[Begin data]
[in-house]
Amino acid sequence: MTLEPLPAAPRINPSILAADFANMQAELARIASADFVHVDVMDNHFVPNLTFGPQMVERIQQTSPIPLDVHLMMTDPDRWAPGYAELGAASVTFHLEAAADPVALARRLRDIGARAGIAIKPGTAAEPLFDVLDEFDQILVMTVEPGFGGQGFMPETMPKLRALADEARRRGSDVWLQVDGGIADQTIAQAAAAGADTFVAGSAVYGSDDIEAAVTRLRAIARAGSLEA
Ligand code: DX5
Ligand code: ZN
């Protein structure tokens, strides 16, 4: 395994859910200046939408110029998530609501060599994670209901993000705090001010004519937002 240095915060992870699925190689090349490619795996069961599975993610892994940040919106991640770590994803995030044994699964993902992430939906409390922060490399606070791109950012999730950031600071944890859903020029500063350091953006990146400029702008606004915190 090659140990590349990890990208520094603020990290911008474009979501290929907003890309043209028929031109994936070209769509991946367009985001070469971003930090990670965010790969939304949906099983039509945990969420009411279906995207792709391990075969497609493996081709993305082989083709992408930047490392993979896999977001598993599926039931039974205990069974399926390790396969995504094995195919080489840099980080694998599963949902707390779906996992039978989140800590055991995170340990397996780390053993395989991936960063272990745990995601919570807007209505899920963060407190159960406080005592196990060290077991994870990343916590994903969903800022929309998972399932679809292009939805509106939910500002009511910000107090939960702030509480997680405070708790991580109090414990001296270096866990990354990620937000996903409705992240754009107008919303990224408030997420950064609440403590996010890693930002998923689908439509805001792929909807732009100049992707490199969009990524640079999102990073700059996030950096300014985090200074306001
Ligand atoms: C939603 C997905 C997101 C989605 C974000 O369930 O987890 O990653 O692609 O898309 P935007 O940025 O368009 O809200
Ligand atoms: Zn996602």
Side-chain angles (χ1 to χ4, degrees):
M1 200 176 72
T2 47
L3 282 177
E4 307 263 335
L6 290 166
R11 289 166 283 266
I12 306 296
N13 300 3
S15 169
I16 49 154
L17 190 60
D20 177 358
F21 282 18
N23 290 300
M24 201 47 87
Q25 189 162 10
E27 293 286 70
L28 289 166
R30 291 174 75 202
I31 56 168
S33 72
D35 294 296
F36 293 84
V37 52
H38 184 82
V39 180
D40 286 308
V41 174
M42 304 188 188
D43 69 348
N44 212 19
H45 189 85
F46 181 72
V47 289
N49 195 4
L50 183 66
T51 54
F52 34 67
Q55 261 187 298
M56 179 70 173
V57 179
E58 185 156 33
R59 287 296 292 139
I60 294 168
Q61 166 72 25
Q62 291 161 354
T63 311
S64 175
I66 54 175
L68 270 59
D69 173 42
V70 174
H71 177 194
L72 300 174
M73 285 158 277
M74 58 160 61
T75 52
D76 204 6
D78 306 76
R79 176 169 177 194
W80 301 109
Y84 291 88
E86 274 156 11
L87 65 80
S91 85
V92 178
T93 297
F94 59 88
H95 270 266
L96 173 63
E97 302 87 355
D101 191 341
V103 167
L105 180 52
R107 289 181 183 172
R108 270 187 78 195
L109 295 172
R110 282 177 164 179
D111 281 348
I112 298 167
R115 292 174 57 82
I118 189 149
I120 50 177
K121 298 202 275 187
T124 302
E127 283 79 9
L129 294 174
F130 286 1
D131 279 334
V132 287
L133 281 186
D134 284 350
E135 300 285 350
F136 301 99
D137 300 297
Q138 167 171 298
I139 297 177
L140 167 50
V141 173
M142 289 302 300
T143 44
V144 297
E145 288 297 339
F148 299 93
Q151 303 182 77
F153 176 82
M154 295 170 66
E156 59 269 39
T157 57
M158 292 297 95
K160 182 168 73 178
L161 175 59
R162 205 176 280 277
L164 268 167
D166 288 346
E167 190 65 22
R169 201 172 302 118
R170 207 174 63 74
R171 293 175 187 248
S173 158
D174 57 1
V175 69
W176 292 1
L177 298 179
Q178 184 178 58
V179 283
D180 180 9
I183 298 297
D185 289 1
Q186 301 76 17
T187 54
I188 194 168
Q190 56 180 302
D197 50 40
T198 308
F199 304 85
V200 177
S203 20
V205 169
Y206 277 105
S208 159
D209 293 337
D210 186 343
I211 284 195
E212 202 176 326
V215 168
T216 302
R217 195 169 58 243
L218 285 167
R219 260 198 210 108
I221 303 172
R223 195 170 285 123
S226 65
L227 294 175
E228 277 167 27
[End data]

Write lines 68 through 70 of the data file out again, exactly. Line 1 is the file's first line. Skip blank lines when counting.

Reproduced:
R79 176 169 177 194
W80 301 109
Y84 291 88